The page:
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  • Object:


  • Place of origin:

    Shanxi (made)

  • Date:

    1115-1234 (made)

  • Artist/Maker:


  • Materials and Techniques:

    Stoneware, moulded and glazed

  • Museum number:


  • Gallery location:

    Ceramics, Room 137, The Curtain Foundation Gallery, case C, shelf 3

Ding ware was a highly sought-after style of porcelain made in the Ding kilns of the Hebei province, reaching their height of popularity during the Northern Song (960-1127) and Jin (1115-1234) dynasties. Ding wares were of the earliest true porcelains made in China, and were known for their bright white bodies, impermeability and fine texture.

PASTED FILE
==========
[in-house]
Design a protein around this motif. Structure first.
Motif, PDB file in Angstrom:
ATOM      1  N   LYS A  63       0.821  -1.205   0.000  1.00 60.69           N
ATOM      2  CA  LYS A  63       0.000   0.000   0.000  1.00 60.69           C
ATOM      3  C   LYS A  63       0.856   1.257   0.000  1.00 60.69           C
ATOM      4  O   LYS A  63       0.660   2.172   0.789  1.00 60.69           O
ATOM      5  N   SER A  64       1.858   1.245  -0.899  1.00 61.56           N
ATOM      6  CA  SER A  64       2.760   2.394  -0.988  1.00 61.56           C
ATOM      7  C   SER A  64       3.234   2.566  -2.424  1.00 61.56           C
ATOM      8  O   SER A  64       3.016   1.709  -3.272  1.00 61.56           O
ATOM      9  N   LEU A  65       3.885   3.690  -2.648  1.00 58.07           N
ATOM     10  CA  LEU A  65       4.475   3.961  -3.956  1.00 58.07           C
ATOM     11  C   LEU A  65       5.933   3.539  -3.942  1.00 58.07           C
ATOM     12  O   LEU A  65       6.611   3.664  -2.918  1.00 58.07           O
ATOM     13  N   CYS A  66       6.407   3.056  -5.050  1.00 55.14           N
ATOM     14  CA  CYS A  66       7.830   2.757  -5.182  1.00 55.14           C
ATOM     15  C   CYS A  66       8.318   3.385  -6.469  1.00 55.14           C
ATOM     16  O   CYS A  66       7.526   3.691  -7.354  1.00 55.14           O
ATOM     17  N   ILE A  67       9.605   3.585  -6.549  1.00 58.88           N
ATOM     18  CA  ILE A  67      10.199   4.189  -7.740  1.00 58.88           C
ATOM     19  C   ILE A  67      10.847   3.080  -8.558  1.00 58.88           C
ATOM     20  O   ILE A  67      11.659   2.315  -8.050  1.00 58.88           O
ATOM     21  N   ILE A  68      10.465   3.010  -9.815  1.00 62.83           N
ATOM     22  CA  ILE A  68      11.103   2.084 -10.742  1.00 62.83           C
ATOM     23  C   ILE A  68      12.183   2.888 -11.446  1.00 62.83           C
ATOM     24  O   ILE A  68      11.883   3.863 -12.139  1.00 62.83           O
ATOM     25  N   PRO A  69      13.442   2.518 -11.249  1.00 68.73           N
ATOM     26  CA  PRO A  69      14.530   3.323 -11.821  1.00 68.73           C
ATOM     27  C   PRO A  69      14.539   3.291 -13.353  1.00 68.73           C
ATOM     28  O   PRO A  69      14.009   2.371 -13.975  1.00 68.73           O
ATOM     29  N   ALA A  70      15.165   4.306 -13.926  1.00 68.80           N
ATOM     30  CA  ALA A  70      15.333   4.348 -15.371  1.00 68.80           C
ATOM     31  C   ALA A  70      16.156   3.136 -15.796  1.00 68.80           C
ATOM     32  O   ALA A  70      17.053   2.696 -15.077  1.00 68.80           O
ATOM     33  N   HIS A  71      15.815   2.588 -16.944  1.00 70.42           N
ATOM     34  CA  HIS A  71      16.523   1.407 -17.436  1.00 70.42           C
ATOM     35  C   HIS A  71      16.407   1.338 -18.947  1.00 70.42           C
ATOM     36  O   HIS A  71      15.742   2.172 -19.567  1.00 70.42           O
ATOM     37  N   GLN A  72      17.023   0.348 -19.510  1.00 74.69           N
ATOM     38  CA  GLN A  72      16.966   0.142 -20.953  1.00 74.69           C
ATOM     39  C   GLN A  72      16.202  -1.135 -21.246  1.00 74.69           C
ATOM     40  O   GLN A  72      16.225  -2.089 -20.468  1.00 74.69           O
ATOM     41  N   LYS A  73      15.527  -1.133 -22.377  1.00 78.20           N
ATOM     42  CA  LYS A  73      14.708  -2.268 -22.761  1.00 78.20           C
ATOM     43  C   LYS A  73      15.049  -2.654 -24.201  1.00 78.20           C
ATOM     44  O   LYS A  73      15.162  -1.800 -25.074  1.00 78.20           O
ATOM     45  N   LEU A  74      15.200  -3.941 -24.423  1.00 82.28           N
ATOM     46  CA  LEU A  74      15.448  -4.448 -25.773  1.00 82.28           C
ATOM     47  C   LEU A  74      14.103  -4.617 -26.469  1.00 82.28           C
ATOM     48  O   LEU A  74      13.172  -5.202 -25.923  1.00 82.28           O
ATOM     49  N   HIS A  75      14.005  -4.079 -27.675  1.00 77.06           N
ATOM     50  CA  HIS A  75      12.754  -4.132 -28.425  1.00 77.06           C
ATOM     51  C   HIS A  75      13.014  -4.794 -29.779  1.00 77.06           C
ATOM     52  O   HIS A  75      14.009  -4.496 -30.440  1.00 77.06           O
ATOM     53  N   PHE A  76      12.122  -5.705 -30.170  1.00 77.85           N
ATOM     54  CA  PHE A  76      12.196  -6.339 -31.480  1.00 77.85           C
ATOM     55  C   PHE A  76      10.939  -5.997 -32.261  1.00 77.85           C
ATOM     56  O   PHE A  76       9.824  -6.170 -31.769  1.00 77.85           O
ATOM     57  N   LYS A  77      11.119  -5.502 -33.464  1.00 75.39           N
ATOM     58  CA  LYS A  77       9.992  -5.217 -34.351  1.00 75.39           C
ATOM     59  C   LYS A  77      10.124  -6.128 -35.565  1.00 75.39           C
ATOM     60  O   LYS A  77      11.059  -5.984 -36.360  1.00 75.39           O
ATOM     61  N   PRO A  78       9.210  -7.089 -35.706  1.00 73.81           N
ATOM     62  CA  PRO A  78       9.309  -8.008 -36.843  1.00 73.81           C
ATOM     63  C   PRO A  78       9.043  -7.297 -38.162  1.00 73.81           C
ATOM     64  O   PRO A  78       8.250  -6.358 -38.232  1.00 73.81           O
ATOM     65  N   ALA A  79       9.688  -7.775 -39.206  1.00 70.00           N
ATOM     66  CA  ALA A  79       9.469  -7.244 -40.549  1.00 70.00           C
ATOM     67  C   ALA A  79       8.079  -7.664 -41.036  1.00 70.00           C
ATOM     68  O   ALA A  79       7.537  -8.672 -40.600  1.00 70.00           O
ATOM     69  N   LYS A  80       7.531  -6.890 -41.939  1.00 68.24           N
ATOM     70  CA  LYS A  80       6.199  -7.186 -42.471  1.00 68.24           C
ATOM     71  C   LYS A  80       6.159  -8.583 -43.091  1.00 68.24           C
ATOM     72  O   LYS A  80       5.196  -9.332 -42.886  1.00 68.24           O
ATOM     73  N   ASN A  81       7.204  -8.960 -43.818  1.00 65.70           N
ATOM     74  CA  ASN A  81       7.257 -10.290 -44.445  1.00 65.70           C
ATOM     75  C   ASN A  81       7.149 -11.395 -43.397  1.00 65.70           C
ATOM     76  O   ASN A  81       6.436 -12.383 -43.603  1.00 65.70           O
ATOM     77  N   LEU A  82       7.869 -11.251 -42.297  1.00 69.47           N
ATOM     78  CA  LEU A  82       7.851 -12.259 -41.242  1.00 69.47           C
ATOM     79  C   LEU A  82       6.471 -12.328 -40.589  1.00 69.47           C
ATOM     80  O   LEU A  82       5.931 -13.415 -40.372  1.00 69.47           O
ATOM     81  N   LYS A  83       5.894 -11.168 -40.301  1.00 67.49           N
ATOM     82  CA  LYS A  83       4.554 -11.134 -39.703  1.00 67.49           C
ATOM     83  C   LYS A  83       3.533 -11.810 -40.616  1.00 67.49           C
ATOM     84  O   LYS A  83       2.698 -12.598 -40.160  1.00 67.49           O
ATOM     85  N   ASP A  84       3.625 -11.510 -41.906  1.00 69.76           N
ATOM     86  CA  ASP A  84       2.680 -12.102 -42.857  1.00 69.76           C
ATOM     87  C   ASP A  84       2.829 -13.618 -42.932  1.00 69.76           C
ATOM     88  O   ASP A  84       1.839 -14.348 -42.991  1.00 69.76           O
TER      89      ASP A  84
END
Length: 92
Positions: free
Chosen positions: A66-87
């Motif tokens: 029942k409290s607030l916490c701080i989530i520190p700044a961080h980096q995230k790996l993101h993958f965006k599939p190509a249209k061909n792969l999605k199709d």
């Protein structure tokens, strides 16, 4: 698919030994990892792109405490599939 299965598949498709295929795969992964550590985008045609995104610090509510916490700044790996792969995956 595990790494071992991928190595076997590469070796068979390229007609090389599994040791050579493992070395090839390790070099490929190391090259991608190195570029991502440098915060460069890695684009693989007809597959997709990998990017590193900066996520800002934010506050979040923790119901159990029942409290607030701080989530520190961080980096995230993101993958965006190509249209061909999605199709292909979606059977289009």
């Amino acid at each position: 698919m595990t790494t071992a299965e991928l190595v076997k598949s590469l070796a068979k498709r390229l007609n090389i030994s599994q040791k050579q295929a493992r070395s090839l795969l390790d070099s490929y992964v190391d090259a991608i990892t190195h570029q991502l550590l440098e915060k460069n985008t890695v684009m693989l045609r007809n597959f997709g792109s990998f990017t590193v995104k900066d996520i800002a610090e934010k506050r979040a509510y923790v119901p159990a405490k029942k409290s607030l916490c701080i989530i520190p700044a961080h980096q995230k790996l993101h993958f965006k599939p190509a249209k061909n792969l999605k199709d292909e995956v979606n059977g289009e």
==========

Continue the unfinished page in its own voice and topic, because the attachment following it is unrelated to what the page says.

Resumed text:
Ding wares were produced as ‘official wares’, for use at court, and were highly esteemed throughout China. This popularity meant that many kilns across China produced wares in imitation, including this dish. It imitates the Ding ware colour and incised decoration, but reveals itself as an imitation by the unglazed ring at its centre which suggests it was fired in a stack to save space in the kiln.

Physical description

Bowl made in imitation of Ding ware. Houzhou ware from Shanxi province.

Place of Origin

Shanxi (made)


1115-1234 (made)



Materials and Techniques

Stoneware, moulded and glazed


Height: 4.3 cm, Diameter: 11 cm

Descriptive line

Bowl in imitation of Ding ware, moulded and glazed stoneware, Huozhou ware, Shanxi province, China, Jin-Yuan dynasty, 1115-1234

Bibliographic References (Citation, Note/Abstract, NAL no)

Kerr, Rose. Song Dynasty Ceramics. London: V&A Publications, 2004. p. 50, nos. 45 and 45a.




Moulded; Glazed




East Asia Collection

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